Description: We report a new approach to the generation of high-current, high-brightness electron beams. Primary electrons are produced by a photocathode (or other means) and are accelerated to a few thousand electron-volts, then strike a specially prepared diamond window. The large Secondary Electron Yield (SEY) provides a multiplication of the number of electrons by about two orders of magnitude. The secondary electrons drift through the diamond under an electric field and emerge into the accelerating proper of the ''gun'' through a Negative Electron Affinity surface of the diamond. The advantages of the new approach include the following: (1) Reduction of the number of primary electrons by the large SEY, i.e. a very low laser power in a photocathode producing the primaries. (2) Low thermal emittance due to the NEA surface and the rapid thermalization of the electrons. (3) Protection of the cathode from possible contamination from the gun, allowing the use of large quantum efficiency but sensitive cathodes. (4) Protection of the gun from possible contamination by the cathode, allowing the use of superconducting gun cavities. (5) Production of high average currents, up to ampere class. (6) Encapsulated design, making the ''load-lock'' systems unnecessary. This paper presents the criteria that need to be taken into account in designing the amplifier.
Date: June 21, 2004
Creator: RAO,T.; BEN-ZVI,I.; BURRILL,A.; CHANG,X.; HULBERT,S.; JOHNSON,P. D. et al.
Partner: UNT Libraries Government Documents Department

MEASUREMENT OF THE SECONDARY EMISSION YIELD OF A THIN DIAMOND WINDOW IN TRANSMISSION MODE.

Description: The secondary emission enhanced photoinjector (SEEP) is a promising new approach to the generation of high-current, high-brightness electron beams. A low current primary electron beam with energy of a few thousand electron-volts strikes a specially prepared diamond window which emits secondary electrons with a current two orders of magnitude higher. The secondary electrons are created at the back side of the diamond and drift through the window under the influence of a strong electrical field. A hydrogen termination at the exit surface of the window creates a negative electron affinity (NEA) which allows the electrons to leave the diamond. An experiment was performed to measure the secondary electron yield and other properties. The results are discussed in this paper.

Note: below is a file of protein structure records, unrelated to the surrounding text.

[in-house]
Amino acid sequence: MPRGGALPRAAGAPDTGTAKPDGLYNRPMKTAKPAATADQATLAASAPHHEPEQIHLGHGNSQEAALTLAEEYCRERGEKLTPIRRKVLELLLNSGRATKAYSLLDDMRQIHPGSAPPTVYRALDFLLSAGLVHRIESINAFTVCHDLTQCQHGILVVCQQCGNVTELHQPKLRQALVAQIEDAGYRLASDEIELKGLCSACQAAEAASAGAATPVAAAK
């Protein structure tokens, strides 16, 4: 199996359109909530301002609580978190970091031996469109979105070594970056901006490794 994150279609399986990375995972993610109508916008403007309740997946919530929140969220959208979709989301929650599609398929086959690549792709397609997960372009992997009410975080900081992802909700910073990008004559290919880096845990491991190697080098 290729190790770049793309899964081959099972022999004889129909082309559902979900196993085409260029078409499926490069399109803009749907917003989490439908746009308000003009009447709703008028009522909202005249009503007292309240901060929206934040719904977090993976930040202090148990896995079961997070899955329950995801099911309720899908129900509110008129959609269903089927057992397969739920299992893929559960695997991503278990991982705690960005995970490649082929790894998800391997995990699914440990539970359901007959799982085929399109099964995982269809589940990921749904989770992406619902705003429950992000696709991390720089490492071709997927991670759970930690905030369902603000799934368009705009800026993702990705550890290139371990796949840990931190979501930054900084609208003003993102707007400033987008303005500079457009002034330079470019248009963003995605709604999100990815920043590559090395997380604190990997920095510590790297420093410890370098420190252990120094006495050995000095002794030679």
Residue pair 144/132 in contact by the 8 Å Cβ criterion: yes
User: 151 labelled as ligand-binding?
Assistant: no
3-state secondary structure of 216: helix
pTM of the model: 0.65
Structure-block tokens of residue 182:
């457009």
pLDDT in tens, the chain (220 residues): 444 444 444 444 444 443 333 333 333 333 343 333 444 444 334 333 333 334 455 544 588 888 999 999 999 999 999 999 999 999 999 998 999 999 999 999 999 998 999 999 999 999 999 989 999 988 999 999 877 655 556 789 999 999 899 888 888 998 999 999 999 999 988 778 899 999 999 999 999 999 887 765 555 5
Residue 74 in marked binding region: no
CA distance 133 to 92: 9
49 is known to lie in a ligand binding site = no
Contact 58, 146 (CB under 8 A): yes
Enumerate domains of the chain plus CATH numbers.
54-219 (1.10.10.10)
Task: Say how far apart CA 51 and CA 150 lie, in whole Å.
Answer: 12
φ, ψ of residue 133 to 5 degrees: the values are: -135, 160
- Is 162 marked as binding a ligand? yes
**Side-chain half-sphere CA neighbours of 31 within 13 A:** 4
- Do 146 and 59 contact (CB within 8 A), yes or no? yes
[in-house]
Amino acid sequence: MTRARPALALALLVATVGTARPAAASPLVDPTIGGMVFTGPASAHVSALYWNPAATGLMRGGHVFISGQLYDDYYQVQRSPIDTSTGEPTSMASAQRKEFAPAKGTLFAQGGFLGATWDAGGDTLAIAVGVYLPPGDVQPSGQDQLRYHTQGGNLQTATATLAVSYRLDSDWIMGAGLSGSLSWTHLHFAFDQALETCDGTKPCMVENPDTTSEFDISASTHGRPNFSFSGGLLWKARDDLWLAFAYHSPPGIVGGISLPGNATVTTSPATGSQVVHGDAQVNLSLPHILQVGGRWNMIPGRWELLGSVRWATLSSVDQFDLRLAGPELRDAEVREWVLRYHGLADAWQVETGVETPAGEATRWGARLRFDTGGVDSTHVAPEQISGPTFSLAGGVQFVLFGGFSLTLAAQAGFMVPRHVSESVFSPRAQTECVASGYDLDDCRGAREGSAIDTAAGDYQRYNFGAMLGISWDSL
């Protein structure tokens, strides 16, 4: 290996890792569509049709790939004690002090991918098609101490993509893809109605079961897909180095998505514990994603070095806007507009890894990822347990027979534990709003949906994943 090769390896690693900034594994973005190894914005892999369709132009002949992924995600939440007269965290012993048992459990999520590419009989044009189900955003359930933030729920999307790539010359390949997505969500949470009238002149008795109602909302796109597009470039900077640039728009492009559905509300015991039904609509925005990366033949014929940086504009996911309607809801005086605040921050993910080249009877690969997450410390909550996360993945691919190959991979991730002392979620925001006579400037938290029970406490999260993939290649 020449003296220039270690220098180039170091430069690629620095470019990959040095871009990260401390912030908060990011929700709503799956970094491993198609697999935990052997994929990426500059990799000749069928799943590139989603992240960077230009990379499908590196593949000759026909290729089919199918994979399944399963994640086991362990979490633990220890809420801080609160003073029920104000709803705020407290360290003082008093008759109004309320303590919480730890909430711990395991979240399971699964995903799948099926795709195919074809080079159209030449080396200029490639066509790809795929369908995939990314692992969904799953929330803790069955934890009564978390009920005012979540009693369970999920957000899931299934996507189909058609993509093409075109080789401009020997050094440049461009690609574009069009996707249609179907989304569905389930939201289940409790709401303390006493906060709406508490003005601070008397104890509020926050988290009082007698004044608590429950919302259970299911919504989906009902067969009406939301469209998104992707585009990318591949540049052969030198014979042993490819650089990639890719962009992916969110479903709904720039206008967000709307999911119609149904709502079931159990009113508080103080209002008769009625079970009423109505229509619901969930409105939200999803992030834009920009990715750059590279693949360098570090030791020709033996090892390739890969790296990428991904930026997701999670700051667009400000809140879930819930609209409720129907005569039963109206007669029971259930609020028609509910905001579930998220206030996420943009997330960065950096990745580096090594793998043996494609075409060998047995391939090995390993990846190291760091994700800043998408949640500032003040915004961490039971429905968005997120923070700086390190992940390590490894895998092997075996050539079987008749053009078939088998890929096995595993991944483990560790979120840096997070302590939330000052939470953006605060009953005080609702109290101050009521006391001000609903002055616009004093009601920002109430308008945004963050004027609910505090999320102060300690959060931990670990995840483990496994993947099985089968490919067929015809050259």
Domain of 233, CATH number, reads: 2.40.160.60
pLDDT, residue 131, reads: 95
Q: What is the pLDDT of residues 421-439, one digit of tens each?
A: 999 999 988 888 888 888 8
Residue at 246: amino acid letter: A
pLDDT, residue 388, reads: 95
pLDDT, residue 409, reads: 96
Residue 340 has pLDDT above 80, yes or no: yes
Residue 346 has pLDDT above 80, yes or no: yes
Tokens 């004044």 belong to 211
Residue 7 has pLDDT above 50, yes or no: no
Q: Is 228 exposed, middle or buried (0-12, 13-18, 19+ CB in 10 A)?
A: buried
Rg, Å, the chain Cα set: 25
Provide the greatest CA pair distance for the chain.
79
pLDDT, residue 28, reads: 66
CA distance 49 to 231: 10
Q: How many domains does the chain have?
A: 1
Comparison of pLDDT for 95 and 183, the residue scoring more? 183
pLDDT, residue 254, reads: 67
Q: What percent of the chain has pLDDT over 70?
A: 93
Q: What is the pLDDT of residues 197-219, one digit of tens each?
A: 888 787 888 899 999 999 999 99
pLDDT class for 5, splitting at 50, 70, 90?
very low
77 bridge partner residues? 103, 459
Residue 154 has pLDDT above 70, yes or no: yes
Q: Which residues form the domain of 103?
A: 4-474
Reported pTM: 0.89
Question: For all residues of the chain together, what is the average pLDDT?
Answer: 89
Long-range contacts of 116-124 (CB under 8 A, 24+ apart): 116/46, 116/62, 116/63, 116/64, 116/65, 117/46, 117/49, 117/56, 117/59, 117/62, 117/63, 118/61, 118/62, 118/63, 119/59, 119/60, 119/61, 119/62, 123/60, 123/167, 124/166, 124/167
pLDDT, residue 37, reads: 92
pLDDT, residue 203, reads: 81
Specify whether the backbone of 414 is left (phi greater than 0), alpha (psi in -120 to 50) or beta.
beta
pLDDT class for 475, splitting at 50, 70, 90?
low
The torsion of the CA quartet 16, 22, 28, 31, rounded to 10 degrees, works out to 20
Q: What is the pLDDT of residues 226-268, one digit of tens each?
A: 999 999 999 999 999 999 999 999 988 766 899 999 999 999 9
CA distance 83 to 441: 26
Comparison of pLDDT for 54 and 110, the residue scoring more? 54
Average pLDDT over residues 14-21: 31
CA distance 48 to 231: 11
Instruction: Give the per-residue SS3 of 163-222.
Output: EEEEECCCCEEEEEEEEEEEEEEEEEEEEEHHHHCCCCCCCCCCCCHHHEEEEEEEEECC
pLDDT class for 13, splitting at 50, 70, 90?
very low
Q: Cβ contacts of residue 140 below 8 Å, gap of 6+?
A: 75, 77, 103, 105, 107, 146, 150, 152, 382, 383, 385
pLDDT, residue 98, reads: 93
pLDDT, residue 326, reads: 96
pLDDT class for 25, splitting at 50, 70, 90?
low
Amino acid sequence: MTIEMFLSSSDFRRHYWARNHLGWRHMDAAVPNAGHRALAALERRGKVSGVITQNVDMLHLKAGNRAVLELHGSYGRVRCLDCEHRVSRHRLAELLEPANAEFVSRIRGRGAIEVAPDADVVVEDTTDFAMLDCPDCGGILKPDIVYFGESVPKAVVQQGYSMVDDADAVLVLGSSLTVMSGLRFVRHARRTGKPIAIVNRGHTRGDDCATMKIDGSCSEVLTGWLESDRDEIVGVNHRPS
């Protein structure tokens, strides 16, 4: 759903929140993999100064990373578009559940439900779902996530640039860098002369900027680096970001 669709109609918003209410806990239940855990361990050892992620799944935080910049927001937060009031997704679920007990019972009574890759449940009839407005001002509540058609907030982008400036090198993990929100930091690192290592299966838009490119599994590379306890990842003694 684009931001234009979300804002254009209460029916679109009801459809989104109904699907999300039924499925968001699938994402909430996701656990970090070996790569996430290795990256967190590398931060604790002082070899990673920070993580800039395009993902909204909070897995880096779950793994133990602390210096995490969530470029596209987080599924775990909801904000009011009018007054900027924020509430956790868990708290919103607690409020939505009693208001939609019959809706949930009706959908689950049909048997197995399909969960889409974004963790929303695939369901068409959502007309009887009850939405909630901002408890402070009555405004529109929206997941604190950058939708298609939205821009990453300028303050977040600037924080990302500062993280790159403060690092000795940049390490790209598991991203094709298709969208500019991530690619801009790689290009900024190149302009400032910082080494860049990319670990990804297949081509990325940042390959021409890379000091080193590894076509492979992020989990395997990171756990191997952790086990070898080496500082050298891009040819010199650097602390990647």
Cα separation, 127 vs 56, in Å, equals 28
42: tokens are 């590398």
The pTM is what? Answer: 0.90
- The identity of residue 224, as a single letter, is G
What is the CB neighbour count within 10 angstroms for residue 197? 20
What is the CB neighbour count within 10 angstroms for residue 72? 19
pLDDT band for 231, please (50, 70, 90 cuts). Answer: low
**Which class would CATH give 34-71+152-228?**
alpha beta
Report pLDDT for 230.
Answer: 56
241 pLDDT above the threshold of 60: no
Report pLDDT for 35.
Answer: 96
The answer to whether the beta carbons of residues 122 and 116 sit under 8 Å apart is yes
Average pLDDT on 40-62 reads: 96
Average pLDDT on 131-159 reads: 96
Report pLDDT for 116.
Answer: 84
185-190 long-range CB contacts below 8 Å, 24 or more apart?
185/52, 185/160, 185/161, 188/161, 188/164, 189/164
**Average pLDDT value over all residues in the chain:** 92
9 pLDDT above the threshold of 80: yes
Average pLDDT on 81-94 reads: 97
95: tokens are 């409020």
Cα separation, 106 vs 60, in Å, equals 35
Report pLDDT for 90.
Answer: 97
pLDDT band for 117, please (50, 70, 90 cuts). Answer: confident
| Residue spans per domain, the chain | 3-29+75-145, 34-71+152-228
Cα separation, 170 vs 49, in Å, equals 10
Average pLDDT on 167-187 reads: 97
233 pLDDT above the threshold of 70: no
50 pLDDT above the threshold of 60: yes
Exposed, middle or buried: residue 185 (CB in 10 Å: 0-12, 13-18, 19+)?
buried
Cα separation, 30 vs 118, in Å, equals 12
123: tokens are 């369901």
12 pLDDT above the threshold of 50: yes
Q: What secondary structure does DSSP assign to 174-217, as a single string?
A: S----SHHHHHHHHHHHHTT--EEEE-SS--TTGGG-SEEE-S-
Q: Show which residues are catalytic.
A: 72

Date: May 16, 2005
Creator: CHANG, X.; RAO, T.; SMEDLEY, J. & AL., ET
Partner: UNT Libraries Government Documents Department

Molecular beam mass spectrometry studies of the chemical vapor deposition of diamond

Description: We have developed a novel molecular beam mass spectrometry technique that can quantitatively analyze the gas-phase composition in a CVD reactor. The technique simultaneously monitors a wide variety of radical and stable species, and their concentrations can be determined with sensitivities approaching 1 ppM. Measurements performed in a diamond deposition system have given us keen insights into the important phenomena that affect the growth environment. This paper first discusses the primary gas sampling design issues. In the second part, the details of the experimental results and their implications will be described.
Date: December 1, 1993
Creator: Hsu, Wen L.; McMaster, M. C.; Coltrin, M. E. & Dandy, D. S.
Partner: UNT Libraries Government Documents Department

A photoemission study of the diamond and the single crystal C{sub 60}